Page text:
When we speak of awakening, we’re not talking about new age enlightenment, political upheaval, or social activism.
We’re talking about a daily alignment of our life to the light and love of Jesus, as we read in Ephesians:
Our work is anchored in helping dissatisfied and passionate believers follow that ancient hymn. If that resonates with you, we invite you to join us.
Advent is the time of year we must sink down into the ancient story of God’s people and remember what it means to hope. Join us this year as we see how Jesus steps in, and becomes the protagonist in the redemptive story being written for humanity.
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Every year we gather together to be restored, refreshed, and reignited by the Holy Spirit. We invite you and your family or team to join us!
A Discipleship Band is a group of 3 to 5 people who read together, pray together, and meet together to become the love of God for one another and the world.
A series of short talks on theological topics from a wide variety of Christian professors, pastors, speakers, and theologians.
In the Follow the Healer on-demand course Stephen Seamands draws upon four decades of teaching theology and active involvement in healing ministry to help us grasp the “why-to” of healing that comes before the “how-to.”
During the course, Steve lays out the essential theological foundations for healing ministry in a way that is simple and accessible. This course is the perfect partner resource to his book of the same name, Follow the Healer.
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What is the Apostles’ Creed? What is its historical context? Why does it matter to the Church? Dr. Charles Gutenson shares with us today.
View our growing playlist of Seven Minute Seminary here.
Check out Dr. Timothy Tennent’s resources on catechism and the creeds.
What I notice immediately is the line “HE descended into Hell.” as the reader skipped over it.
“He descended into hell (Hades, the place of the dead)” ought not to have been skipped over in this exposition of the Creed. It’s a point crucially important in the Church’s understanding of Christ’s Lordship over all things, especially humanity’s greatest enemy: death.
In view of the resurgence of Gnosticism today, the history behind this creed is of extreme relevance. Some scholars believe it was designed to keep Gnostics out of the church. During the days when an outdoor, three-fold, nude baptism was officially prescribed by the early church (see Chapter 21 of The Apostolic Tradition by Hippolytus of Rome [c. 215 AD] at http://www.pastordavidrn.com/files/HippolytusNudeBaptism.pdf or the complete work at http://www.bombaxo.com/hippolytus.html), portions from its three Trinitarian divisions were required as a spoken baptismal confession by all catechumens. No Gnostic believer could honestly pronounce The Apostle’s Creed, because it clearly contradicted their beliefs about the body and the material world.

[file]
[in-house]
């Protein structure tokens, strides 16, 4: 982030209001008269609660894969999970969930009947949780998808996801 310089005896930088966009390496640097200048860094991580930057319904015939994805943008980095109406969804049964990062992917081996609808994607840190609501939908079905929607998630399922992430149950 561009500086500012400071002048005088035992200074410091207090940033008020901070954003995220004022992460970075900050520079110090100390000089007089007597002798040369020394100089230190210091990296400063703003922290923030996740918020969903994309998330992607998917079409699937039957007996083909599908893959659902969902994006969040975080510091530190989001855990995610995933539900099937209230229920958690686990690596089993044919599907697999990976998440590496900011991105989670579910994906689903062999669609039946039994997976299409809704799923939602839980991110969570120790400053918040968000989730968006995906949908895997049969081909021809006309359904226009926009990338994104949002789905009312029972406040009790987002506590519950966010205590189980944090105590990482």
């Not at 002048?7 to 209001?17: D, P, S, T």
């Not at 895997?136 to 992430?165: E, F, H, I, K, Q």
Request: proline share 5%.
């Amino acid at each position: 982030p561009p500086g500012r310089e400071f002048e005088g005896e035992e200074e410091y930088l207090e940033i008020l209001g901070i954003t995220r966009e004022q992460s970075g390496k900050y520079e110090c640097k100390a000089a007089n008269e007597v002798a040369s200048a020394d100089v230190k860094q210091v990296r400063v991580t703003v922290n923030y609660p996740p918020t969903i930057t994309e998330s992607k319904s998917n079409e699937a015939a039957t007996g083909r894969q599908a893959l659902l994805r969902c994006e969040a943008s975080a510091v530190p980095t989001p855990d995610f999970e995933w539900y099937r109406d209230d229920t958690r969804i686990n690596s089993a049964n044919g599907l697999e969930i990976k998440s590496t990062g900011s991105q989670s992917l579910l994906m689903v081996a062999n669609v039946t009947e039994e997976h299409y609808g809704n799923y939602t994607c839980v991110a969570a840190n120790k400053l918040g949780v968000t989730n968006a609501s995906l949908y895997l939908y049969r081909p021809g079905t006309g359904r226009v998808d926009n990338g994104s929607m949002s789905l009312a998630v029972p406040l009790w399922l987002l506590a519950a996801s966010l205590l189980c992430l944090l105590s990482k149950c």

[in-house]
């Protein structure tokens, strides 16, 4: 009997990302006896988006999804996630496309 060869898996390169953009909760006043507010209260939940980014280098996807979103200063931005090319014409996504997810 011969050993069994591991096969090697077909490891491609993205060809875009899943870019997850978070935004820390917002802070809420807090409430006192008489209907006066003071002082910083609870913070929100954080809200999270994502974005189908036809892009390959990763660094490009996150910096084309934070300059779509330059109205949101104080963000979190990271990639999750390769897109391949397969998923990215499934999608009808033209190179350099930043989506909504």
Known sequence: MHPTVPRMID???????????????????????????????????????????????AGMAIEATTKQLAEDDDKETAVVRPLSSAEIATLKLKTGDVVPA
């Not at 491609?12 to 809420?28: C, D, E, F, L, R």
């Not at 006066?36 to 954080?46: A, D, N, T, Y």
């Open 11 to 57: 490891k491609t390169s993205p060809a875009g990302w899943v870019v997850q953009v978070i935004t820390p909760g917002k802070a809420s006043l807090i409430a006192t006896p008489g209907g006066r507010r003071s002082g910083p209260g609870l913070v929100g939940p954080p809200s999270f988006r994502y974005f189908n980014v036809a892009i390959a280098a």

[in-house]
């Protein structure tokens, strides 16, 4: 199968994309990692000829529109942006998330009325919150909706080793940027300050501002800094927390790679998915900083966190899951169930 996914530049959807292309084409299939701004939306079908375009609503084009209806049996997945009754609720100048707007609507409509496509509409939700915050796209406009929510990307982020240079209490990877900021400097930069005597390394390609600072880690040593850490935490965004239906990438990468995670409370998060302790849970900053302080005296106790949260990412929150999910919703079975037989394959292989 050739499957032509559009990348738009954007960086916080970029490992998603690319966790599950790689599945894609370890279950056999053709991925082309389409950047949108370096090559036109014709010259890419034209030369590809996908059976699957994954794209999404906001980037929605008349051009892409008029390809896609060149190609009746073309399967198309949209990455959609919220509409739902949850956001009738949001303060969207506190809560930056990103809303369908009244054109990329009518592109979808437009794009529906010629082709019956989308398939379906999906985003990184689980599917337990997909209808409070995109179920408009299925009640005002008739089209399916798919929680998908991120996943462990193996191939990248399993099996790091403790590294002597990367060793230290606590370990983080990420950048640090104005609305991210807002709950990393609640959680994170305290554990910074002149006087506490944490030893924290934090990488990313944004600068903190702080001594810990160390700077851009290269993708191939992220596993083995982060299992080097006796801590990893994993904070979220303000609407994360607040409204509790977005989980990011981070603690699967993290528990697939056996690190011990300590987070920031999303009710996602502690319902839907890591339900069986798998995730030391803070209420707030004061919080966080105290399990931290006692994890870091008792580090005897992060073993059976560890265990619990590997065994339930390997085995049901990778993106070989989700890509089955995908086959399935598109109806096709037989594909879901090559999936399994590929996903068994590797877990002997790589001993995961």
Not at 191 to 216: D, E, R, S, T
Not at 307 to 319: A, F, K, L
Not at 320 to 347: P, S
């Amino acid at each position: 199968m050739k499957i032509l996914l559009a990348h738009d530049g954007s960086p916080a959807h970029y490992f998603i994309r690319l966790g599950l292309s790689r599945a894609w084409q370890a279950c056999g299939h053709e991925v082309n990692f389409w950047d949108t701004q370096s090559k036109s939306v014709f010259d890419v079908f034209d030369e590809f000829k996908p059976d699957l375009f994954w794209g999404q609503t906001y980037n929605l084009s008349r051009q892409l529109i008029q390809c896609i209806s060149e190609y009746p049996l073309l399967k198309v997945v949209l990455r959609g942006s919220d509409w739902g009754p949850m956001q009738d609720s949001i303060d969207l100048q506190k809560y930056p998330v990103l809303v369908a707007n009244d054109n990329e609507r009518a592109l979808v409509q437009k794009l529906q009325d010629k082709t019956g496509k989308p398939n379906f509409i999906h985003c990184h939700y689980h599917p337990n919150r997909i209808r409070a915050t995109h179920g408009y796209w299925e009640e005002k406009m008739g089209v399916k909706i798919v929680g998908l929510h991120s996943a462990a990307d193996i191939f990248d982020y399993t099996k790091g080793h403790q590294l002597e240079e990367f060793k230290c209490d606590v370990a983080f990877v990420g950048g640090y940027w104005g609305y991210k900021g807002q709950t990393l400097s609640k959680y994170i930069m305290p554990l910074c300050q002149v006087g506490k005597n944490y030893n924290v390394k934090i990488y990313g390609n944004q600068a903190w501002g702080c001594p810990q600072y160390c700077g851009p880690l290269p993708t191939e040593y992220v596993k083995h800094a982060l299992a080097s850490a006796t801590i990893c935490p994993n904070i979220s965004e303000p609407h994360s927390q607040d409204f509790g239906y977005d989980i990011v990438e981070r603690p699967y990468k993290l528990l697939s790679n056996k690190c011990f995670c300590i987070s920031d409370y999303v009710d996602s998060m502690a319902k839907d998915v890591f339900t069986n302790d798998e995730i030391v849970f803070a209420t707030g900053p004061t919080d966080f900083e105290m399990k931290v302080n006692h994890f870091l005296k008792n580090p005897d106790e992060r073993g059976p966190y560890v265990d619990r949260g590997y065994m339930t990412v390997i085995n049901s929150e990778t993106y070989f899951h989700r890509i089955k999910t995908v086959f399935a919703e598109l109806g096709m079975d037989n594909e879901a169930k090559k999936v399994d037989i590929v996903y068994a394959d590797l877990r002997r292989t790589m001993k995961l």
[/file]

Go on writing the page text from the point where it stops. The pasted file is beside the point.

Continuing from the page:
Gnosticism taught that God created the world of spirits, but that an evil demigod had created the material world, attaching human spirits to it in corrupted bodies of flesh. Salvation was defined as detachment of the spiritual from the physical via progressive steps of learning revelations of secret “knowledge” (gnosis) from a variety of “mystery cult” teachers. Because Gnostics were infiltrating churches, the nature of these baptismal affirmations put a stop to it. They could not say, that God the Father was “Maker of heaven and earth” nor that Jesus was physically a real human “born of the Virgin Mary” nor that there would be a “resurrection of the body.” To them, fleshly embodiment was a curse to escape, not a blessing to affirm.
Christians desperately need the orthodoxy this Creed provides. Unfortunately, church tradition often took a rather “Gnostic” stance toward the body and the material world. The Creed kept the Gnostics out, but poor theological thinking allowed some of Gnosticism’s attitudes about flesh and matter to persist. Gnostic-friendly elements in our popular preaching, our worship songs, our evangelistic message, and our hope for the afterlife, need reformation. Paying closer attention to what we are affirming in the Creed will expose any double standards or double-mindedness that requires correction.
Every Christian on earth should know this Creed by heart. IT BEARS REPEATING! Shame on all Wesleyans pastors who are not making it a part of the spiritual heritage embedded in the memory of the next generation of believers!
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